The author of mergerfs is well aware of some of the chia community members using his piece of software. So maybe he inplemented some improvements just for the farming use case. It is important to know, that the package maintainers version of ubuntu is really outdated. Thats why the installer script of Chiagarden has some logic, that will determine your CPU type and will download and install the latest mergerfs version from the mergerfs github page.

Even if you should decide against mergerfs for farming, there are still a lot of benefits from using it just from the perspective of organizing your farm.

  • Move all current plots on all chia disks to a subfolder called “bladebit”?
  • Create a new folder on all disks called “gigahorse”?
  • Finished plotting? Do chattr +i /mnt/garden/*.plot to set the immutable flag as an extra protection against accidental deletion.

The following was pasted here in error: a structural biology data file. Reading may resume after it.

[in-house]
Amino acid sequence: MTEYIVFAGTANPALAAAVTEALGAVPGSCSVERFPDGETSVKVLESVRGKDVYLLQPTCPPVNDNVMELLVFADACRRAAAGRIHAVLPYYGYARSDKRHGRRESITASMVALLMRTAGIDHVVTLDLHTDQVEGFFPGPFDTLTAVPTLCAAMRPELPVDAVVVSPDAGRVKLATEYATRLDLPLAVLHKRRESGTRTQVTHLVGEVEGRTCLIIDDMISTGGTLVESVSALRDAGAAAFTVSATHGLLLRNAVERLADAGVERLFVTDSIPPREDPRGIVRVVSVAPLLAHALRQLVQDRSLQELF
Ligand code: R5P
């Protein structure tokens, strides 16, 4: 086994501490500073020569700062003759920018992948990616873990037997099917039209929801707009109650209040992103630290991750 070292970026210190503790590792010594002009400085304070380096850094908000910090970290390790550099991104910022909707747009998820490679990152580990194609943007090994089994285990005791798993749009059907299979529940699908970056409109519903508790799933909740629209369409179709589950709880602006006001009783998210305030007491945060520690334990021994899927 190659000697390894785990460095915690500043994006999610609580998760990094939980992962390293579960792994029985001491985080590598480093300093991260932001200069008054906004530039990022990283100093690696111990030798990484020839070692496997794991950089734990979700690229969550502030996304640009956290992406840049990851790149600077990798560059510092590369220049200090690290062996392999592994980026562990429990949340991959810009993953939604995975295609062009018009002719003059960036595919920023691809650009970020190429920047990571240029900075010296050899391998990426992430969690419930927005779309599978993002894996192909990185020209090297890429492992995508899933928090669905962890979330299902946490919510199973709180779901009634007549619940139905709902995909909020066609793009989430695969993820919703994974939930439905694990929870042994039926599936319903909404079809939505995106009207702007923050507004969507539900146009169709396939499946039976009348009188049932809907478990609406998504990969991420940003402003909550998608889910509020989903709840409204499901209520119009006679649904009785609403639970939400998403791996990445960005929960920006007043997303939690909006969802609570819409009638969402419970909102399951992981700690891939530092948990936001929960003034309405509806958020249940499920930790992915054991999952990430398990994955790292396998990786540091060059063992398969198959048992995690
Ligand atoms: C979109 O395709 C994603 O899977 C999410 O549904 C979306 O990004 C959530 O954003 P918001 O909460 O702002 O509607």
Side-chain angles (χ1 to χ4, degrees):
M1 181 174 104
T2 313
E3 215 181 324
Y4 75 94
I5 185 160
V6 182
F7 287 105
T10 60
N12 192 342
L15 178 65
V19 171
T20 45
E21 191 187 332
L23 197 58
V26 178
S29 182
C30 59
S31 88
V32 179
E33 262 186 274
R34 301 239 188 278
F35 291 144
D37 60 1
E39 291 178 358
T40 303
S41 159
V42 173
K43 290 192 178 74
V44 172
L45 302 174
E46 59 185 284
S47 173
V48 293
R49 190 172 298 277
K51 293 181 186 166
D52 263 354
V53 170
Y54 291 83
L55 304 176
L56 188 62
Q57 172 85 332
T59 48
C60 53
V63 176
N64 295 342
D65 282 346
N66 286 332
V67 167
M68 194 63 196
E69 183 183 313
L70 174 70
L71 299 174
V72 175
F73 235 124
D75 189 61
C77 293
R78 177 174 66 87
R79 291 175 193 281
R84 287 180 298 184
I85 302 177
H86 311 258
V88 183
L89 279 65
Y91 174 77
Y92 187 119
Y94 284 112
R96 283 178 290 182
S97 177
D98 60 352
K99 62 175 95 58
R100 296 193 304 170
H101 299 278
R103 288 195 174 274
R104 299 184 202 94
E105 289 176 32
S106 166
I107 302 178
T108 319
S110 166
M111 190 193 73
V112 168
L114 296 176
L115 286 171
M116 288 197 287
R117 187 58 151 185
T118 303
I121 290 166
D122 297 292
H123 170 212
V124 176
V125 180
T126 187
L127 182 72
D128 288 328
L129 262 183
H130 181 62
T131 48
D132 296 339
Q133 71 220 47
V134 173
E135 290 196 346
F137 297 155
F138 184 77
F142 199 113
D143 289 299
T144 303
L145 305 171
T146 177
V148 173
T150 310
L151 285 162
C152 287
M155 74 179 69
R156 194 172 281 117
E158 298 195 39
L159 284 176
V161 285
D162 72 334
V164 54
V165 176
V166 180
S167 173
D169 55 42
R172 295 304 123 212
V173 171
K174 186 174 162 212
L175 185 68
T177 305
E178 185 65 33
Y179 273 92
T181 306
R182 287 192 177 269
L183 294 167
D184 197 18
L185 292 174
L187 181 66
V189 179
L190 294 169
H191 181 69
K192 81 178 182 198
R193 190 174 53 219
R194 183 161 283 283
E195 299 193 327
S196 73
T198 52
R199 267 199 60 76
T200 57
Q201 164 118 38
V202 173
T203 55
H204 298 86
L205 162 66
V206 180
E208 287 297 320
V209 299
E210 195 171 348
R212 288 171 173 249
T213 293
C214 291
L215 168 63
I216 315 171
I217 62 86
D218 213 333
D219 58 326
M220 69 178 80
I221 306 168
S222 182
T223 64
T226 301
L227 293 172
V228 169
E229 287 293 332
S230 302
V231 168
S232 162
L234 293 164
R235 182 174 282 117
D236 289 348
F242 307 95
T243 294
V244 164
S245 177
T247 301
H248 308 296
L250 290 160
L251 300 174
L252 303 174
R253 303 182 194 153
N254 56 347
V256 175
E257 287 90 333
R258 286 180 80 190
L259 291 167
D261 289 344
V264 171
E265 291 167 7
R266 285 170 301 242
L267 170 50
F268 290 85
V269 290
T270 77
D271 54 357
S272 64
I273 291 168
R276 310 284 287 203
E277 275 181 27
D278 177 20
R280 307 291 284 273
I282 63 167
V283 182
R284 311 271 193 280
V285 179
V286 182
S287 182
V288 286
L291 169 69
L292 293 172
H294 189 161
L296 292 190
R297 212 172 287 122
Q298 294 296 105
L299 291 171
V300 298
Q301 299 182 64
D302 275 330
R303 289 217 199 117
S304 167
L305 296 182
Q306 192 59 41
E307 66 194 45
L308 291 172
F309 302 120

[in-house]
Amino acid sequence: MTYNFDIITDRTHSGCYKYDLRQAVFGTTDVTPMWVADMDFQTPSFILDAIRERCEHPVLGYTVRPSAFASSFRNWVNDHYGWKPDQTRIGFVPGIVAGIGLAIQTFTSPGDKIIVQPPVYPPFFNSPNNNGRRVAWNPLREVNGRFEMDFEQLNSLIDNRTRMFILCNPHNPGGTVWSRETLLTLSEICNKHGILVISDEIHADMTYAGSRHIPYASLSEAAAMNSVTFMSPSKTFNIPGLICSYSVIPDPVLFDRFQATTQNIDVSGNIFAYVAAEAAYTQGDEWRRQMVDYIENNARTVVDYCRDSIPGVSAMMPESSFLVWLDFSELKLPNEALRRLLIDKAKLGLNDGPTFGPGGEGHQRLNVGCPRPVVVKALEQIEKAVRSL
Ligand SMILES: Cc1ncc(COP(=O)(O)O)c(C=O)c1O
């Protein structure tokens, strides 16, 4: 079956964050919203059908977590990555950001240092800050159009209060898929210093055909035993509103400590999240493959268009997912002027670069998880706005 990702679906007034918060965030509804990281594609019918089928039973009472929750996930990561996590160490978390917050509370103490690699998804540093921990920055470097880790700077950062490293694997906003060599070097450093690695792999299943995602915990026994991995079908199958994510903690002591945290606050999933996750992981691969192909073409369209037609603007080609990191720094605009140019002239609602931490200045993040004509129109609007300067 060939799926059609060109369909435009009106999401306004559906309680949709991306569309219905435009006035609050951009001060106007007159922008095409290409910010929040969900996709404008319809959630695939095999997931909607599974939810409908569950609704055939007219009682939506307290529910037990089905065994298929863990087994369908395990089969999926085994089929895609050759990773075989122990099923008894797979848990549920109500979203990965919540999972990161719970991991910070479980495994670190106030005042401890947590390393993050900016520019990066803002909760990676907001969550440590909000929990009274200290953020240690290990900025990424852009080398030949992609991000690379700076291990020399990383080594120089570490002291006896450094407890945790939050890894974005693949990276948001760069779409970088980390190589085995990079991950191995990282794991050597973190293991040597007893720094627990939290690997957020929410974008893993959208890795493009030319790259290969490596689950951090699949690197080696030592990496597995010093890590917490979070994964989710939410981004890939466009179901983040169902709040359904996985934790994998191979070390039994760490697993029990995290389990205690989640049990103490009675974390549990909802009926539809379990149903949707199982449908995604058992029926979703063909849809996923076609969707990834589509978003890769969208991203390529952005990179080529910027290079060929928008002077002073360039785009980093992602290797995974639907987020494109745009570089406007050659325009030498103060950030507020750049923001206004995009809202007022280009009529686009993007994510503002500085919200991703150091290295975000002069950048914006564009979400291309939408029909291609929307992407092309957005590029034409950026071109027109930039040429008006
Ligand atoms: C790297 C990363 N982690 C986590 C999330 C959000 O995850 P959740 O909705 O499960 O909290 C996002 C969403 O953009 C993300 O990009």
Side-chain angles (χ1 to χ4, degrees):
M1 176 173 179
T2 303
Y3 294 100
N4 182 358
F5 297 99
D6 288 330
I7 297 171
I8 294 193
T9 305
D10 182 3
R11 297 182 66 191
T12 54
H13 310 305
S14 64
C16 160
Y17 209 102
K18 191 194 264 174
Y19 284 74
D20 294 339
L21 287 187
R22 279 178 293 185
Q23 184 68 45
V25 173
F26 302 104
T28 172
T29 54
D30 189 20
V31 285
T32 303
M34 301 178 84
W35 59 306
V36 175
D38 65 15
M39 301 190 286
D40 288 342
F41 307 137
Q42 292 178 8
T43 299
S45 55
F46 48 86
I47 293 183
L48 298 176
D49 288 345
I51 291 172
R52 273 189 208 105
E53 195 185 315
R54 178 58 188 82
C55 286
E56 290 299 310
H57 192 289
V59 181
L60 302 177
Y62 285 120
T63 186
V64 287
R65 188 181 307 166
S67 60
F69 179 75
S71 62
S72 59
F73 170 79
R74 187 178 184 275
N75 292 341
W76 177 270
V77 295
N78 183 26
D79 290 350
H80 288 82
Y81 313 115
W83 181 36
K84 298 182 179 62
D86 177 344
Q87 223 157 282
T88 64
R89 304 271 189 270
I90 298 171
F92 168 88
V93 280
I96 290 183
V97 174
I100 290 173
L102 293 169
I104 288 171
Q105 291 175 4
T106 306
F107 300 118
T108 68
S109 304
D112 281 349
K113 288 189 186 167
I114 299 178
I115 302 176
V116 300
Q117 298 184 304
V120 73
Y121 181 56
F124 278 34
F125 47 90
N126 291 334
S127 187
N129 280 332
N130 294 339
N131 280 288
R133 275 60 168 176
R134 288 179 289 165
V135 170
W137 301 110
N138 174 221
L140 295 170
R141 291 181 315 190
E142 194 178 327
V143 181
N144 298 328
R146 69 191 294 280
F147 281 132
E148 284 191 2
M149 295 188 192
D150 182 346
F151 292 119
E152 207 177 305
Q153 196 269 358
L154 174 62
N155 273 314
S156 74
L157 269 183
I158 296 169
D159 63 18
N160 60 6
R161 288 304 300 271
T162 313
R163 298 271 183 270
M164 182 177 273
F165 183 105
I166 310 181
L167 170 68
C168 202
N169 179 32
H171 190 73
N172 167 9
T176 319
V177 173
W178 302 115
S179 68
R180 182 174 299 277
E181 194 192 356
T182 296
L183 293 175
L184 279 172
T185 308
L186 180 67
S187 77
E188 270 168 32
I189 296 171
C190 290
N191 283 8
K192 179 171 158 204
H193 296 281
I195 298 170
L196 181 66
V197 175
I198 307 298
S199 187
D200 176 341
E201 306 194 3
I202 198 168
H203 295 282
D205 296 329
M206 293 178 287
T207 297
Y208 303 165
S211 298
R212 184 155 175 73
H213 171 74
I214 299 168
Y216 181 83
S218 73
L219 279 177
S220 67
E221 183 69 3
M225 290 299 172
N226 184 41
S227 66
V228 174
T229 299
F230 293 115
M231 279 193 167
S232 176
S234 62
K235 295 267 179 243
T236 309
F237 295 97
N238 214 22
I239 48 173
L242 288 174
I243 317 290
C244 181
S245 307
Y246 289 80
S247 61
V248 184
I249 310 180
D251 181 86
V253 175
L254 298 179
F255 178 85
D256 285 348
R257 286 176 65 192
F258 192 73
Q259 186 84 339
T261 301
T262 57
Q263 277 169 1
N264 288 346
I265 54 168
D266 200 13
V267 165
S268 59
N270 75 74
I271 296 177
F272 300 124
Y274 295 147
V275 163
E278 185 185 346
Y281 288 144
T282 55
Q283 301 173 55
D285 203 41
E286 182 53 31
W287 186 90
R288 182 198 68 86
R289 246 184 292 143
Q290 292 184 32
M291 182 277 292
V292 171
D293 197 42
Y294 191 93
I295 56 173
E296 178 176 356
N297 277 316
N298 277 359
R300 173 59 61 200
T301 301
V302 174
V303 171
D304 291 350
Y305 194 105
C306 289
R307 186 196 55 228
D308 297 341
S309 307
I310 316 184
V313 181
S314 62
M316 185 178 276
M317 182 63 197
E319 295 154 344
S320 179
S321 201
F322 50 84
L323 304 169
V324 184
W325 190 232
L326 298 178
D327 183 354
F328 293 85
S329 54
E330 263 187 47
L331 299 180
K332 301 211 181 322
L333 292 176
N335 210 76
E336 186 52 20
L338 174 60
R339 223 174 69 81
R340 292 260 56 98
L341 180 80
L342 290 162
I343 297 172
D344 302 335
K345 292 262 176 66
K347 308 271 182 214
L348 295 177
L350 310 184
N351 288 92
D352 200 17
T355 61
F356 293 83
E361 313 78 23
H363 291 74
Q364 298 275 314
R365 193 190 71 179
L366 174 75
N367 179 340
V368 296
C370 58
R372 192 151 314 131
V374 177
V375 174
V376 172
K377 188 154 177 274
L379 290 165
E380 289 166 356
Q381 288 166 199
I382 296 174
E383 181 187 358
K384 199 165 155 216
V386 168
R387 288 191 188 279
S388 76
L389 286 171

• Count your plots on all disks real quick? (ls -l /mnt/garden/*.plot | wc -l) <-(substract one).
  • Or simply just dont bother with mountpoints for chia farming AT THE MOMENT during plotting and do the dirty work with specifying mount points a bit later when there is time for it.

I found it made my life as a chia farmer so much easier. And I hope that with Chiagarden more people get to use it, too

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Thank you.

I was not trying to imply that mergerfs is slower in any way or is not useful. It should have the same performance as underlying file format, as it only adds “management” simplification. I do really like what mergerfs offers.